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Objections to patristic universalism part one AIONIOS

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Does eternal always mean eternal. Part one to objections to Patristic universalism. Is punishment eternal or a period of time?

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Objections to patristic universalism part one AIONIOS

  1. 1. Then they will go away to eternal punishment, but the righteous to eternal life. Matthew 25:46 (NIV)
  2. 2. Aionios
  3. 3.  Is it really true that aionios always means eternal? To help answer that question, one must first look to the root word aion and understand how this term is defined. According to Dr. Heleen Keizer, the “primary meaning” of ‘aion’ is “lifetime” with the idea of “completeness” and thus ‘aion’ has more to do with “the entirety of time” rather than with “endlessness” and therefore, the concept of “eternity” to describe ‘aion’ is both “anachronistic” and “misleading.”
  4. 4.  With all the discussion regarding whether aionios means eternal, it should not be overlooked that if one is looking for a word that unequivocally means “eternal,” that word is aidios. This is interesting because the early Church Fathers would use either aionios or aidios when referring to future blessedness but would only use aionios—a more ambiguous term that usually did not mean eternal—when referring to future punishment. 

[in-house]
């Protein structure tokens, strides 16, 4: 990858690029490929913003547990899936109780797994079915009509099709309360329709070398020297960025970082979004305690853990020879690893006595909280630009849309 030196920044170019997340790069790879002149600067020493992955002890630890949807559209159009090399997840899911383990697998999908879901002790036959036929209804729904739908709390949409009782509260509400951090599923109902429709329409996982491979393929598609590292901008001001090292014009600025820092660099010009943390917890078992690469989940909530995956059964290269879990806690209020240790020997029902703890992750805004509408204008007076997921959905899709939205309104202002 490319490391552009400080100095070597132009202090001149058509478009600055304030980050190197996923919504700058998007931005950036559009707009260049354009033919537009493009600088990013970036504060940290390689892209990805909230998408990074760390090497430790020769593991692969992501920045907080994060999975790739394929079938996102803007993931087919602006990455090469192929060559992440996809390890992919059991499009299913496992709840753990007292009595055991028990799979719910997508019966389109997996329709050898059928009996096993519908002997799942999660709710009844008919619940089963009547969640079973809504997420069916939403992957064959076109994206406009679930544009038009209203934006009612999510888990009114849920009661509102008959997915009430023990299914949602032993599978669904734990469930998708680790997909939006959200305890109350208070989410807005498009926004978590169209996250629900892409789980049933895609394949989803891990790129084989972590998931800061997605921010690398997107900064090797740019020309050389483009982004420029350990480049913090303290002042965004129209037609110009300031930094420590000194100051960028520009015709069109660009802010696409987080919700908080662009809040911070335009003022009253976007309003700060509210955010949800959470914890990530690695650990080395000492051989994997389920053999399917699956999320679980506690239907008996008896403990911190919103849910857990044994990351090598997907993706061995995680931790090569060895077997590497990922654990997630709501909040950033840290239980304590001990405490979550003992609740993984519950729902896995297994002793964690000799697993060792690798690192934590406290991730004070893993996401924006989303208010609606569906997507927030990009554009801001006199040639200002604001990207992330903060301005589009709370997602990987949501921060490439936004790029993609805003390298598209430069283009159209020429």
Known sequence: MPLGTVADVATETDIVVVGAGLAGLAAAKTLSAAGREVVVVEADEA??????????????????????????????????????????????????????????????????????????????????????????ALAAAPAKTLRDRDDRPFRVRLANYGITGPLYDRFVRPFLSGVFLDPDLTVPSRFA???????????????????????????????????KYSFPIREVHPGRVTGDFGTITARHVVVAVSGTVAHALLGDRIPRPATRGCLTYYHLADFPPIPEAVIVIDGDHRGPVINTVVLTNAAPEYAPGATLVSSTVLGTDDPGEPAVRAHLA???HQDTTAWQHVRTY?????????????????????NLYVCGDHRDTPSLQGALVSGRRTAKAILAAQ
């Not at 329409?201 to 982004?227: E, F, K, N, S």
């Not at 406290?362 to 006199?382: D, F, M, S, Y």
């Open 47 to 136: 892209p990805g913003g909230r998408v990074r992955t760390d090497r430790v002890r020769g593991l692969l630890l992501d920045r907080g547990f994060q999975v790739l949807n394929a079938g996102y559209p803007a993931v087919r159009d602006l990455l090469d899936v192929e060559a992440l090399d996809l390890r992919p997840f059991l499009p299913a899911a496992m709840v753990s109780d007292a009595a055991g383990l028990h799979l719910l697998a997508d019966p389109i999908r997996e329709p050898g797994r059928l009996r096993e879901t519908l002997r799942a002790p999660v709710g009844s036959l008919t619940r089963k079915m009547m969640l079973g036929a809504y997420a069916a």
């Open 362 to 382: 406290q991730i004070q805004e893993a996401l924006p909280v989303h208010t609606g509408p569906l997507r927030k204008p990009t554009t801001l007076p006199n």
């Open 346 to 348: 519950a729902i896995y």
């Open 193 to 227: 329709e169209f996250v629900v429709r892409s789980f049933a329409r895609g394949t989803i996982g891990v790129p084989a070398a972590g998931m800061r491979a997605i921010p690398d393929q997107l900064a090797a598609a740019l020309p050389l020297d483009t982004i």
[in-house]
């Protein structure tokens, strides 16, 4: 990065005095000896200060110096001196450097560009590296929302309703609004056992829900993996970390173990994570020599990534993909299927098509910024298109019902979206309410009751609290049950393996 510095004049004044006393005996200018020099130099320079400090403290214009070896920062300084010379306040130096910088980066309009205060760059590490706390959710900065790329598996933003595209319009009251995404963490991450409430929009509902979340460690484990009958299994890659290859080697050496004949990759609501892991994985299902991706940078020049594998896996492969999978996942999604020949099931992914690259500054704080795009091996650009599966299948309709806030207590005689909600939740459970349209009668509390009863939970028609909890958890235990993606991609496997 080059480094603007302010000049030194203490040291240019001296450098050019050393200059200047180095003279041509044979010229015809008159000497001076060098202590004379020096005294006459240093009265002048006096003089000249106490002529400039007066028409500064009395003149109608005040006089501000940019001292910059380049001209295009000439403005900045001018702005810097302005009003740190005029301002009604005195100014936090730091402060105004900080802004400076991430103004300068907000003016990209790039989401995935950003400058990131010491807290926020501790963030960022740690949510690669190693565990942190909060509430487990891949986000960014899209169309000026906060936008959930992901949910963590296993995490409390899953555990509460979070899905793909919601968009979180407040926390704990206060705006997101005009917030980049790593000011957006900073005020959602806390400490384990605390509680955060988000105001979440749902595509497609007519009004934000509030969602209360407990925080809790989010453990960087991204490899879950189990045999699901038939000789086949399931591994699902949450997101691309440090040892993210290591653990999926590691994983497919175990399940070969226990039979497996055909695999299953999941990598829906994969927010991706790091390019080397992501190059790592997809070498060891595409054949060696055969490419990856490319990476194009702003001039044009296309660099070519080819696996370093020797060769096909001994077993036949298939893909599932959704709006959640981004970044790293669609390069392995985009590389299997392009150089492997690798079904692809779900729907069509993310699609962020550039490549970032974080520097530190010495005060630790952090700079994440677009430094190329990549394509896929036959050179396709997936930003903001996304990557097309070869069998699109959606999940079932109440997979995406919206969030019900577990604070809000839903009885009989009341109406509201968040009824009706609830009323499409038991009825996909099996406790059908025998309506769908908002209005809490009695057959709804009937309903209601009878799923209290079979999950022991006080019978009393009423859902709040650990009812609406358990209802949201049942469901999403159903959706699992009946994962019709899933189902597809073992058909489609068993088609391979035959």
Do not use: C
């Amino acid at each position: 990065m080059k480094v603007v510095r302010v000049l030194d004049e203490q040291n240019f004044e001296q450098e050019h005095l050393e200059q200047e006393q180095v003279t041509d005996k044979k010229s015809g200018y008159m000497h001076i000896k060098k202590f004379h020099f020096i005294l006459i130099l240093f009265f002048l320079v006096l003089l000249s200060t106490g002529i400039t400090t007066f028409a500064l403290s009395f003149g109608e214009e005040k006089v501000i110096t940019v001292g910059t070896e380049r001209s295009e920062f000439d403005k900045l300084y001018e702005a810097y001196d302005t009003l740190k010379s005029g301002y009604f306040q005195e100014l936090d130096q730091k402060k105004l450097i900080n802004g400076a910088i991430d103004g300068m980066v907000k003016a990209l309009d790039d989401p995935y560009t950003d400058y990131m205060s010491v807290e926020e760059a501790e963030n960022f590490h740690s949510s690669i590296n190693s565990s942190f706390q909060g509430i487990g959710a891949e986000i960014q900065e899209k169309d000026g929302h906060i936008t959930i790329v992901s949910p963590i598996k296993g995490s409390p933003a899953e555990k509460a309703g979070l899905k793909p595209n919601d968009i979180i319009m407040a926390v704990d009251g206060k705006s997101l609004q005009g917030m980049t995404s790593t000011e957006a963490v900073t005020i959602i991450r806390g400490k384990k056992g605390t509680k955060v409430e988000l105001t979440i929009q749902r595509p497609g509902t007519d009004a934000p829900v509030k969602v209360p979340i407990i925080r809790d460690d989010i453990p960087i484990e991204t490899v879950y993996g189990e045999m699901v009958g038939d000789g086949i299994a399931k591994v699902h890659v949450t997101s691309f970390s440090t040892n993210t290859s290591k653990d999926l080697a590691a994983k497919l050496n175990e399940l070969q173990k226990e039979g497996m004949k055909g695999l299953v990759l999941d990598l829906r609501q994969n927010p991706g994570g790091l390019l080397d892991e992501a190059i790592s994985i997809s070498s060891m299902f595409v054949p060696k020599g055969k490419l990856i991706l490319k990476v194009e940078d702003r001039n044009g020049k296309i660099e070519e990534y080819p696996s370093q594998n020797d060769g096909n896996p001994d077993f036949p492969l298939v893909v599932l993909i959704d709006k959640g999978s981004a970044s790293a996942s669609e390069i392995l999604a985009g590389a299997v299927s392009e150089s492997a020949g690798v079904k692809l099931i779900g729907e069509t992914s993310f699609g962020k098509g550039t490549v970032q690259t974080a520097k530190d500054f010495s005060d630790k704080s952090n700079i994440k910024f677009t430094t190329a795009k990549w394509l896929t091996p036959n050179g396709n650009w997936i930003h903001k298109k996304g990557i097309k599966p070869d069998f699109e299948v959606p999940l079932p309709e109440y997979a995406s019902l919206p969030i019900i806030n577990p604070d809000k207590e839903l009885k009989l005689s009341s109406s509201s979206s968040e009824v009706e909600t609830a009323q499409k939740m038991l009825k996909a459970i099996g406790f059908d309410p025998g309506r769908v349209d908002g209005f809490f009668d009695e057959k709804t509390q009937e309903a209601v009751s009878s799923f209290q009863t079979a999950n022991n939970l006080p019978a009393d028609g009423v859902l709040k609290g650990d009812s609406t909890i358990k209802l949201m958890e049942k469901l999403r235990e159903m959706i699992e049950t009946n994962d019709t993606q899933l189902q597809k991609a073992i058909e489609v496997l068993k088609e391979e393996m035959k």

5. 5.  If Christ wanted to unambiguously convey the idea that punishment was eternal in the “strict sense” of the word, surely the very term to express it would be aidios.
  6. 6. He will swallow up death for all time, And the Lord GOD will wipe tears away from all faces, And He will remove the reproach of His people from all the earth; For the LORD has spoken. Isaiah 25:8 Final outcome of God’s Victory to save His Creation

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